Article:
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Merchant v Commissioner of Taxation [2024] AATA 1102 — Latest AAT decision on disqualification

A recent AAT decision demonstrates circumstances of a successful challenge to a disqualification made pursuant to s 126A of the Superannuation Industry (Supervision) Act 1993 (Cth) (SISA).

The decision of Merchant v Commissioner of Taxation [2024] AATA 1102 also highlights the dangers of what may, at face value, seem like ordinary investments such as acquiring listed securities from a related party at market value.

Facts

The facts of this decision involve a number of entities (Merchant Group) controlled by Gordan Merchant that were subject to a recent Federal Court case (see Merchant v Commissioner of Taxation [2024] FCA 498). That case concerned pt IVA of the Income Tax Assessment Act 1936 (Cth) and is outside the scope of this article.

In summary:

  • The Gordon Merchant Superannuation Fund (Fund) acquired listed securities at market value from the Merchant Family Trust (MFT).
  • The Commissioner contended that the predominant purpose of the acquisition was to crystalise a capital loss. That loss would be used to offset a future capital gain of the proposed sale of Plantic Technologies Pty Ltd, a company of which MFT was the sole shareholder.
  • On 9 October 2020, the Commissioner disqualified Mr Merchant pursuant to s 126A(2) and (3) of the SISA.
  • the Commissioner asserted that the reasons for the disqualification were:
    • contraventions of the operating standards in s 34, the sole purpose test in s 62 and the provision of financial assistance in s 65 of the SISA; and
    • Mr Merchant not being a fit and proper person.
  • Mr Merchant requested the Commissioner review the decision.
  • The Commissioner upheld the decision to disqualify Mr Merchant under s 126A(2). However, the Commissioner reconsidered the disqualification under s 126A(3) finding that Mr Merchant was a fit and proper person.
  • Mr Merchant then sought an application for review that was heard in conjunction with the Federal Court proceedings.

Contraventions

The AAT was satisfied that the three provisions of the SISA were contravened.

In relation to s 34 the AAT found that in relation to the acquisition of the listed securities:

  • Fund did not give effect to its investment strategy;
  • Mr Merchant had no genuine purpose of investing for the Fund; and
  • there was no evidence that Mr Merchant turned his mind to a number of matters as required by the Fund’s investment strategy.

The AAT found that the predominant purpose of the transaction (ie, crystallising a capital loss in the MFT) and the substantial purpose of retaining economic ownership of certain shares in the Merchant Group were not core purposes within the meaning of s 62(1) of the SISA.

The tribunal also found that financial assistance was provided to Mr Merchant as an object of the MFT. The tribunal further stated that s 65(1)(b) prohibits financial assistance via an intermediary, including via a discretionary trust.

The Judgement

However, despite finding that there were contraventions of the SISA, Mr Merchant’s disqualification was set aside. Specifically, the AAT found that the risk of future non-compliance was unlikely for the following reasons:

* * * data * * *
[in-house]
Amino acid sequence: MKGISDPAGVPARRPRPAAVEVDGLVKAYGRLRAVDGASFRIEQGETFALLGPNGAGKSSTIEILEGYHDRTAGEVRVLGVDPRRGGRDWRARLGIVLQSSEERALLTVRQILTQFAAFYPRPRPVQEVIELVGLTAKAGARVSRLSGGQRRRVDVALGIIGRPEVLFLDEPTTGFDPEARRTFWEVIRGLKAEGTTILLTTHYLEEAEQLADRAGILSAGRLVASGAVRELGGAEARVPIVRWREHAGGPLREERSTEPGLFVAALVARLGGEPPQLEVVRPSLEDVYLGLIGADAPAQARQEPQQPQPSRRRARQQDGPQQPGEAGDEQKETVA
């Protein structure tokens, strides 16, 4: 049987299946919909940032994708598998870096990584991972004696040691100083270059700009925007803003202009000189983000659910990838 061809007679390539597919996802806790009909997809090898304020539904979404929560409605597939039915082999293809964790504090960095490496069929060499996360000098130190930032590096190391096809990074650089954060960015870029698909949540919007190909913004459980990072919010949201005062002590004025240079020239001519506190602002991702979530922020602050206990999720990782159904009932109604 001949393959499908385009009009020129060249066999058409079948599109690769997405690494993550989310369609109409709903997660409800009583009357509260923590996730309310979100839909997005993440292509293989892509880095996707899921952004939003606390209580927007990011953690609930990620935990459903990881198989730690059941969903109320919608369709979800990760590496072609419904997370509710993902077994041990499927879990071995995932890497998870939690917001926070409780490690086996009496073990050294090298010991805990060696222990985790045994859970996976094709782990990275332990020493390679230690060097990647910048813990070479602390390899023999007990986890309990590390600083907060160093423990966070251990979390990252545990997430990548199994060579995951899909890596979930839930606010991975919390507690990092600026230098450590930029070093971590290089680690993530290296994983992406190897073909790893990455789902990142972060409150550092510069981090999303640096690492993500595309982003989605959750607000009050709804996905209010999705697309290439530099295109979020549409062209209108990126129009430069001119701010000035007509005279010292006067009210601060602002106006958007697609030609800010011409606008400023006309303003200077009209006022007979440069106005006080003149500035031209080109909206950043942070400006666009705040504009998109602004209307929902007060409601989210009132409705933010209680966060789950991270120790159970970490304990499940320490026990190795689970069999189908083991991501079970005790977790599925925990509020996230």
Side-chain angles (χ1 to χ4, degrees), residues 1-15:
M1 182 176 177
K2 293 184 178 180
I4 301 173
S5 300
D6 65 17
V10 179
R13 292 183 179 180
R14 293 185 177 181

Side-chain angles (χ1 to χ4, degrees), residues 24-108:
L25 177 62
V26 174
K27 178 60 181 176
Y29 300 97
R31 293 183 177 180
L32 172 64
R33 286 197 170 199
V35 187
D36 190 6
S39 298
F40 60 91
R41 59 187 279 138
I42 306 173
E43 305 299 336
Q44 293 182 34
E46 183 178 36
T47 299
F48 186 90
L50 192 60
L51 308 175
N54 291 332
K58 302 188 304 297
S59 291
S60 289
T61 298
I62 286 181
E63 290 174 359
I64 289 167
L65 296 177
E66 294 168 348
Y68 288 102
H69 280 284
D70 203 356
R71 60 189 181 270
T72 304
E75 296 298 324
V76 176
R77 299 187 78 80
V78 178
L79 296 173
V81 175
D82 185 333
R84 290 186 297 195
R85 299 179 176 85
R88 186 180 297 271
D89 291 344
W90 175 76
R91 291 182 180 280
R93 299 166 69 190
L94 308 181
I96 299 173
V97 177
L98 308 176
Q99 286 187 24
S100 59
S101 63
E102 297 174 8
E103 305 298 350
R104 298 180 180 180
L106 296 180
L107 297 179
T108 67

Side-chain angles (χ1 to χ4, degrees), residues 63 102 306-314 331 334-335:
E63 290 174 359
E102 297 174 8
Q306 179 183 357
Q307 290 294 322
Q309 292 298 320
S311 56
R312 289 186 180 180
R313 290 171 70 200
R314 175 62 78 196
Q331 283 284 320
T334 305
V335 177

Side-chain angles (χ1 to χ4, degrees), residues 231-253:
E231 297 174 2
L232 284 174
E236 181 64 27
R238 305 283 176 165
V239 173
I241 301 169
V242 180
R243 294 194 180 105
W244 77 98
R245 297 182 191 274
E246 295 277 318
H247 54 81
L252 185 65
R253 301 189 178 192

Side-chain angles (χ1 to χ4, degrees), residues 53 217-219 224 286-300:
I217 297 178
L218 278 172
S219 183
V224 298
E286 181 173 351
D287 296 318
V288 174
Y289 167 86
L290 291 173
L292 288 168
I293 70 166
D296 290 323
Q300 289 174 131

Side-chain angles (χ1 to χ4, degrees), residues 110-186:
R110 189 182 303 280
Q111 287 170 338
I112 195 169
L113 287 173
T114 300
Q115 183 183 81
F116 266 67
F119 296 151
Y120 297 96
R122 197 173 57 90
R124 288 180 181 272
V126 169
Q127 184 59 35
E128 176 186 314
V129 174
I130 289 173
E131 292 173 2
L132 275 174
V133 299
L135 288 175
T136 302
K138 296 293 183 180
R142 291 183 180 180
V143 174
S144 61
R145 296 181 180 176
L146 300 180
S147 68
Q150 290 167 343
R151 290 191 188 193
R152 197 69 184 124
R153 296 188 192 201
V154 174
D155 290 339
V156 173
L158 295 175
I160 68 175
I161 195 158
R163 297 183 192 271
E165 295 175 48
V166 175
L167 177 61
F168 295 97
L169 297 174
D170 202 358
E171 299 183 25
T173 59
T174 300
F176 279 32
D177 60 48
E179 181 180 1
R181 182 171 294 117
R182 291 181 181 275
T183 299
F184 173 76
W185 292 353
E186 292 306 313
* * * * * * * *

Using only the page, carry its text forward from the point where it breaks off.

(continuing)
• Mr Merchant was a fit and proper person.
  • There was no evidence that Mr Merchant was advised by his advisers that the transaction risked breaching the SISA.
  • Mr Merchant had given undertakings to mitigate the future risk of non-compliance.
  • The contraventions of the SISA, while serious, all related to a single course of conduct.
  • In relation to protecting the investing public, Mr Merchant was only likely to be a director of the trustee of his own superannuation fund. Further, he did not need protecting from himself.
  • The offending transaction was suggested by the Fund’s auditor without any warning of compliance issues.
  • There was no useful purpose served by disqualification in this instance.

Conclusion

Advisers should be aware that transactions that appear ‘ordinary’ may still attract ATO scrutiny, particularly where additional facts might exist. In this instance, the Fund was acquiring listed securities from a related party at market value. However, the acquisition still led to the initial disqualification of Mr Merchant and contravened multiple provisions of the SISA.

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This article is for general information only and should not be relied upon without first seeking advice from an appropriately qualified professional. The above does not constitute financial product advice. Financial product advice can only be obtained from a licenced financial adviser under the Corporations Act 2001 (Cth).

Note: DBA Lawyers hold SMSF CPD training throughout the year. For more details or to register, visit www.dbanetwork.com.au or call 03 9092 9400.

For more information regarding how DBA Lawyers can assist in your SMSF practice, visit www.dbalawyers.com.au.

By Fraser Stead ([email protected]) Lawyer, and Bryce Figot ([email protected]), Special Counsel, DBA Lawyers

DBA LAWYERS

21 May 2024

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